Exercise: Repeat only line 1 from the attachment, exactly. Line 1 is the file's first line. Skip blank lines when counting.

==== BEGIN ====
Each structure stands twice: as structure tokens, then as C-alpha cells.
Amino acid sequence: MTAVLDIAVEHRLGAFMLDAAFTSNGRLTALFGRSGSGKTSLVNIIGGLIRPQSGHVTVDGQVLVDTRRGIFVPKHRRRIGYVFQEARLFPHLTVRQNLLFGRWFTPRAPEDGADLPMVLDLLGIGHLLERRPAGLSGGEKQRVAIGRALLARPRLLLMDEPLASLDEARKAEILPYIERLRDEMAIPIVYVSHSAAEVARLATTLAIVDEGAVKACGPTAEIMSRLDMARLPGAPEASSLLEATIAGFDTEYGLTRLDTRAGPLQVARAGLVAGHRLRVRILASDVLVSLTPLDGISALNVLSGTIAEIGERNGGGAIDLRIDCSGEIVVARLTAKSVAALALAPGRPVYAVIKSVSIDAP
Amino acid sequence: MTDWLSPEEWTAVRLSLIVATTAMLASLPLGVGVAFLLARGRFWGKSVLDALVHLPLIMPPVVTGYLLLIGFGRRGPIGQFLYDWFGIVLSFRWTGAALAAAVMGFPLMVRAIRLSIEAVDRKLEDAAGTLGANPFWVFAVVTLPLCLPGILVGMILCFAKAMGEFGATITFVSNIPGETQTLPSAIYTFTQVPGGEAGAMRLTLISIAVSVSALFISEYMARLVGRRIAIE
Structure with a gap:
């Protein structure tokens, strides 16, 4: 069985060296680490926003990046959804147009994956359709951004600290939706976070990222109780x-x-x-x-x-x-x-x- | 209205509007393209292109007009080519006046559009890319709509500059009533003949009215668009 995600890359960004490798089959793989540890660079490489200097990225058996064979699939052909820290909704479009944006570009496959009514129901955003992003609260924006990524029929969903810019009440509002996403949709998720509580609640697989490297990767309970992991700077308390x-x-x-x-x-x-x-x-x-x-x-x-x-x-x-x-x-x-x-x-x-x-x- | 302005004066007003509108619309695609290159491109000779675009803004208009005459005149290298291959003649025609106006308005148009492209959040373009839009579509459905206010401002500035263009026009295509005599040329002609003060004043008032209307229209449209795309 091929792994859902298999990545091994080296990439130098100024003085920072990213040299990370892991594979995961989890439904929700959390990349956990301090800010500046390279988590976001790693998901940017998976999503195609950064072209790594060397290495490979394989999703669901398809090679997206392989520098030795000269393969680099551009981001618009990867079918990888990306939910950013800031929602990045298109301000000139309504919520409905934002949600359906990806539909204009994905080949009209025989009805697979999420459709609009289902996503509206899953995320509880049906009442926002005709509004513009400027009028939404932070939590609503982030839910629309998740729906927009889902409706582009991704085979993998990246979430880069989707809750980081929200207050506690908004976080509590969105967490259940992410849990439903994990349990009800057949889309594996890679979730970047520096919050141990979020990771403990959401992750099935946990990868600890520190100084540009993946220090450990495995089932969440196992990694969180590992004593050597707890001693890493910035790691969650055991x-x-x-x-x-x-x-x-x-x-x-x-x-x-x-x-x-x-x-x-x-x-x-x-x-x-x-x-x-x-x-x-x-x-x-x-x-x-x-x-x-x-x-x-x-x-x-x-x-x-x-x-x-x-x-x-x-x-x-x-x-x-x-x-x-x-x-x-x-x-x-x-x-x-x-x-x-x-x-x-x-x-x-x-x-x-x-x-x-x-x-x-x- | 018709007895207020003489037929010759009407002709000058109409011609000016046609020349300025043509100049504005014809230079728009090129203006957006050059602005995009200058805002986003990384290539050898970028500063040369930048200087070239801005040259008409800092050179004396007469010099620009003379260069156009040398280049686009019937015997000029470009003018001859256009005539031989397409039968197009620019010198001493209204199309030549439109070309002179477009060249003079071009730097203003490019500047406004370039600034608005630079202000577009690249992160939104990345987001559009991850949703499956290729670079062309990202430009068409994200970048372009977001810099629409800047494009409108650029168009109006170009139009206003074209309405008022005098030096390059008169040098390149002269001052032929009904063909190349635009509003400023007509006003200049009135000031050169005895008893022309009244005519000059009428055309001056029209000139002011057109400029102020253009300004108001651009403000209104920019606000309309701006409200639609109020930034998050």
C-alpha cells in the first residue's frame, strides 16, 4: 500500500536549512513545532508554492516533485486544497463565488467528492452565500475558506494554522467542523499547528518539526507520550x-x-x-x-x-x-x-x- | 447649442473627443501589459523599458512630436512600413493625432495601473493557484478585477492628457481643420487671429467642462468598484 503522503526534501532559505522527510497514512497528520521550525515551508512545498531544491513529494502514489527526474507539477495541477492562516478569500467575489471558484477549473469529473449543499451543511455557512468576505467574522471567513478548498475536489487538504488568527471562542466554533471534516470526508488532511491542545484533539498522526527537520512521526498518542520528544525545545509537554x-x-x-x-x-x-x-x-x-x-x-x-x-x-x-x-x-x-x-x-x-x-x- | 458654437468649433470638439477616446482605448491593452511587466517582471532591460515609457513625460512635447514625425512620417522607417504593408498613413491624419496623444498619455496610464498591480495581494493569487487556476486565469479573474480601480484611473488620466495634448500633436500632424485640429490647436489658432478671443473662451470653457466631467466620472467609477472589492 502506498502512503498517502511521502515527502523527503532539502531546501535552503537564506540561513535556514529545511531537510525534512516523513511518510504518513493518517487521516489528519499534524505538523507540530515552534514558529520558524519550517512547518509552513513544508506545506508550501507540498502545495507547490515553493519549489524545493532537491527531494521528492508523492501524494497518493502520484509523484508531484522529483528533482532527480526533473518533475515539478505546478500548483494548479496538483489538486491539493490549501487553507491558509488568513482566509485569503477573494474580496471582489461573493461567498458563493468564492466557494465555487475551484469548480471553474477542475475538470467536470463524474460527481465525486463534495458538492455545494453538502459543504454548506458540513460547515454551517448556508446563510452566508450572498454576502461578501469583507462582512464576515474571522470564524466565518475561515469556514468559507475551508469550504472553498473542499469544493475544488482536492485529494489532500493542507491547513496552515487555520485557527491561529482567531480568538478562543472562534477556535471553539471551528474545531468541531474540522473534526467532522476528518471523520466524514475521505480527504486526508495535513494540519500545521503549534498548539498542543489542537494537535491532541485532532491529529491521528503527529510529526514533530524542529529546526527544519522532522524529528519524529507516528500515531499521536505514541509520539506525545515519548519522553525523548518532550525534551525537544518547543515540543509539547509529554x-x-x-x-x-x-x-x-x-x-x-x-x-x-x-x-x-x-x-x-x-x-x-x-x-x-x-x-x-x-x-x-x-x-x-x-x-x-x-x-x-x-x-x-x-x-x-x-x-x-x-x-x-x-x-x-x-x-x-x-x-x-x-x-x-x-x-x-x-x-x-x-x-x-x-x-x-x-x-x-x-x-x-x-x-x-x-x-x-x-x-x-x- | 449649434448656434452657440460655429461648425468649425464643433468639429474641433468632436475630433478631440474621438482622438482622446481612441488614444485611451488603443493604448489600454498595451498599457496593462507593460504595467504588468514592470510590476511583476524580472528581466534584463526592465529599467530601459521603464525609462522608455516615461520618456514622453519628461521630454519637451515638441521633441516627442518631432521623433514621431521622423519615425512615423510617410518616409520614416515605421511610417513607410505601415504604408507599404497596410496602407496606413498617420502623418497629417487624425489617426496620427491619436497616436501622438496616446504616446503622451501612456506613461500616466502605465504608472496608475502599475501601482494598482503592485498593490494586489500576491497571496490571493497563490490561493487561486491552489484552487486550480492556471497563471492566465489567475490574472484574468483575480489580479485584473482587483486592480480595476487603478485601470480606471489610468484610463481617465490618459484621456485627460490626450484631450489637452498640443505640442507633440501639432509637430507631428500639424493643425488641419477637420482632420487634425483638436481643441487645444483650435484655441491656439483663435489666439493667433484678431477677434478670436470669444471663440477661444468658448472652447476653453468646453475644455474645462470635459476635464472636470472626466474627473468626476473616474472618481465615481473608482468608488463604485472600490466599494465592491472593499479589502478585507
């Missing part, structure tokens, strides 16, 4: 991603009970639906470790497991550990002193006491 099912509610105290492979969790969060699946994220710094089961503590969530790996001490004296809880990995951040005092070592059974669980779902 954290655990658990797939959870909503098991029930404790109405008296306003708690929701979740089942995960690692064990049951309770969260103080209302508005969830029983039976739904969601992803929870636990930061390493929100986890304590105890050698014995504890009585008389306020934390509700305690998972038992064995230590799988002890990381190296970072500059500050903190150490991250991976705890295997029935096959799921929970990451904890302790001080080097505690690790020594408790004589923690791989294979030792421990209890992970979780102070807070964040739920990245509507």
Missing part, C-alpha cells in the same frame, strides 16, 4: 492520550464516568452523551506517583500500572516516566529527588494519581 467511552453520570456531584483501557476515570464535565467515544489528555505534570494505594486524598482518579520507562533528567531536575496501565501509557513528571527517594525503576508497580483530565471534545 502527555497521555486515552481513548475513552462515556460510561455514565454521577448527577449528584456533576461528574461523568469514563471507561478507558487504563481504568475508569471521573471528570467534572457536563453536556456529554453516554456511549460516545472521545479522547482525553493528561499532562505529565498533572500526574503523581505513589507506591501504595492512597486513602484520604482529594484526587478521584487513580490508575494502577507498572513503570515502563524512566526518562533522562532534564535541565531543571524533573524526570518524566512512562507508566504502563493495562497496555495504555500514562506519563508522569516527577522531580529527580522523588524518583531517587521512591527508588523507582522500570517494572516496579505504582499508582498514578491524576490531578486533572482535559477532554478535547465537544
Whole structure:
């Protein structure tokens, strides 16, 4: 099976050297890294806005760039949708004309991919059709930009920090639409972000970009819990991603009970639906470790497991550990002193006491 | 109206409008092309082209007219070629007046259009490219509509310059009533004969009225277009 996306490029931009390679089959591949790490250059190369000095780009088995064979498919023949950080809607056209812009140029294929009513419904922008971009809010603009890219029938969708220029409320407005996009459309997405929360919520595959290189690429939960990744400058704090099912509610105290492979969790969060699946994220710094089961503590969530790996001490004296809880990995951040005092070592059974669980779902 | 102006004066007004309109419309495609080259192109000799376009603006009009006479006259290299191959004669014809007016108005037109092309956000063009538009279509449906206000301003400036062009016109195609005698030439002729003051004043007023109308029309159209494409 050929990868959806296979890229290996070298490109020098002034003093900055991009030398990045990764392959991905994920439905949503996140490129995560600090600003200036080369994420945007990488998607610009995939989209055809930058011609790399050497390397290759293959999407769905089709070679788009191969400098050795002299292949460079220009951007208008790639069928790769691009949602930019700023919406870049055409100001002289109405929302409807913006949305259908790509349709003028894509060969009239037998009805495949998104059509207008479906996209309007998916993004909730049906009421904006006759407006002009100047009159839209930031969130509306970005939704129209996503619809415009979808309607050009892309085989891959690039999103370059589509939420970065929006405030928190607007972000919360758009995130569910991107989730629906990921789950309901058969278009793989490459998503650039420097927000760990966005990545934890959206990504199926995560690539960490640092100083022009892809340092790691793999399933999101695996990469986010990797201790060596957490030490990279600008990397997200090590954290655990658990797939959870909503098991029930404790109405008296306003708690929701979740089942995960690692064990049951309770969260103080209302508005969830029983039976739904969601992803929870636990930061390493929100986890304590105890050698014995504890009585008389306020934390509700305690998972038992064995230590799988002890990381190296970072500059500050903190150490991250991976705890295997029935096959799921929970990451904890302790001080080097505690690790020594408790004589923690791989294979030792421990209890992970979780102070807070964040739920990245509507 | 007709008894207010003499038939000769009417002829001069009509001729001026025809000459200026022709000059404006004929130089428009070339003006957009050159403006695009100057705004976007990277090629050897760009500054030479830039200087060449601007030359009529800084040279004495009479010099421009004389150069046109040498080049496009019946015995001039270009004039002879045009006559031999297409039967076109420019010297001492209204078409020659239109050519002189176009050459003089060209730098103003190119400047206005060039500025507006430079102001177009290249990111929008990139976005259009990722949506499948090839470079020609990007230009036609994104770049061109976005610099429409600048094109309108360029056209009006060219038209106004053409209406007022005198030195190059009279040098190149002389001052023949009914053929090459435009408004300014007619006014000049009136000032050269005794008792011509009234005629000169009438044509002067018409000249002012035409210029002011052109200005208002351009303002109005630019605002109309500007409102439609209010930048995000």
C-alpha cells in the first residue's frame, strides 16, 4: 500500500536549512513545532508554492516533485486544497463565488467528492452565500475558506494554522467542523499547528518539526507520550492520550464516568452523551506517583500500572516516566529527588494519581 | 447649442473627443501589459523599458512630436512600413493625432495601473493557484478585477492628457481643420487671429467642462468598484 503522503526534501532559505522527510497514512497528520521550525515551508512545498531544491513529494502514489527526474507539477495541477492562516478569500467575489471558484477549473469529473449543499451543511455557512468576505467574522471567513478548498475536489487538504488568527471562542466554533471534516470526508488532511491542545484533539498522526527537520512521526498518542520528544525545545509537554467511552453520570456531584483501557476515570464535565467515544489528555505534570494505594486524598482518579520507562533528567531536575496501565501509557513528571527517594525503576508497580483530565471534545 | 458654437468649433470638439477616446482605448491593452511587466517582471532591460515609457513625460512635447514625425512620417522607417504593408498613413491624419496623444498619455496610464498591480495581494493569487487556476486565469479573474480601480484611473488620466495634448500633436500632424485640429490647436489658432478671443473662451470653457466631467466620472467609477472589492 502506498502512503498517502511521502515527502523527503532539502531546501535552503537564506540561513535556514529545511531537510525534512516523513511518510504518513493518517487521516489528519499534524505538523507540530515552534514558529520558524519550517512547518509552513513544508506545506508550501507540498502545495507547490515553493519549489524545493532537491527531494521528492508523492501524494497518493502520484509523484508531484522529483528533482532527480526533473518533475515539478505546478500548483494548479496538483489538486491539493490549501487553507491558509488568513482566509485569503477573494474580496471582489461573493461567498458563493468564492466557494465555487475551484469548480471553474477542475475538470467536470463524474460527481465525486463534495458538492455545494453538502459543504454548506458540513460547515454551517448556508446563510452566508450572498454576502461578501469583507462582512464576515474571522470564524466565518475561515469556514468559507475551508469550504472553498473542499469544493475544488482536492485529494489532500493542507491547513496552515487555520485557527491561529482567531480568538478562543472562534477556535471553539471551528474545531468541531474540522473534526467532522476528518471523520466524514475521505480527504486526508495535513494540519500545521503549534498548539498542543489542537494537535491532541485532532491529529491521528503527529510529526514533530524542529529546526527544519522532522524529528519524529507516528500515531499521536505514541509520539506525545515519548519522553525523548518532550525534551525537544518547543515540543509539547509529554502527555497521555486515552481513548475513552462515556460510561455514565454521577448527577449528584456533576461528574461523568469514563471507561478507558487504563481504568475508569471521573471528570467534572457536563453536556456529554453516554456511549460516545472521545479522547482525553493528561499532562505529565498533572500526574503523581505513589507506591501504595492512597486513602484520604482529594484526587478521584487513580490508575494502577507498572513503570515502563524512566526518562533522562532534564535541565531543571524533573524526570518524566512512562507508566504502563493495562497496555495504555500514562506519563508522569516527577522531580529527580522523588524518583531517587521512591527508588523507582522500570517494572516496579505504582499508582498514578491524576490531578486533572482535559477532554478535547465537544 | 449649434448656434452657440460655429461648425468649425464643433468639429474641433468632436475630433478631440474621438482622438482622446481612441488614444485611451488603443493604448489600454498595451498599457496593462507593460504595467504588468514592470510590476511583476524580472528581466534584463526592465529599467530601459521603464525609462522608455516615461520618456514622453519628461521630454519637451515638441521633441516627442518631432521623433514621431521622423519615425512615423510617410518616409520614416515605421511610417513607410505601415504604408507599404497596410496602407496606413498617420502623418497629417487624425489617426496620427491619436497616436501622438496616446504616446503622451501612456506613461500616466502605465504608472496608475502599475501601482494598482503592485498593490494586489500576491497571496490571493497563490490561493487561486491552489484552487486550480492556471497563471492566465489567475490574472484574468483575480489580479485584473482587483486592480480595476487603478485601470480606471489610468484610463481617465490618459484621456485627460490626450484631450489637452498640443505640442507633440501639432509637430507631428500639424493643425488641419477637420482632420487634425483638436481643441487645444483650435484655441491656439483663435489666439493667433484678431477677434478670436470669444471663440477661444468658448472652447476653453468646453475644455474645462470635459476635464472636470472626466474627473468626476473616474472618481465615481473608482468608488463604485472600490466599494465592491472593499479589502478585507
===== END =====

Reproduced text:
Each structure stands twice: as structure tokens, then as C-alpha cells.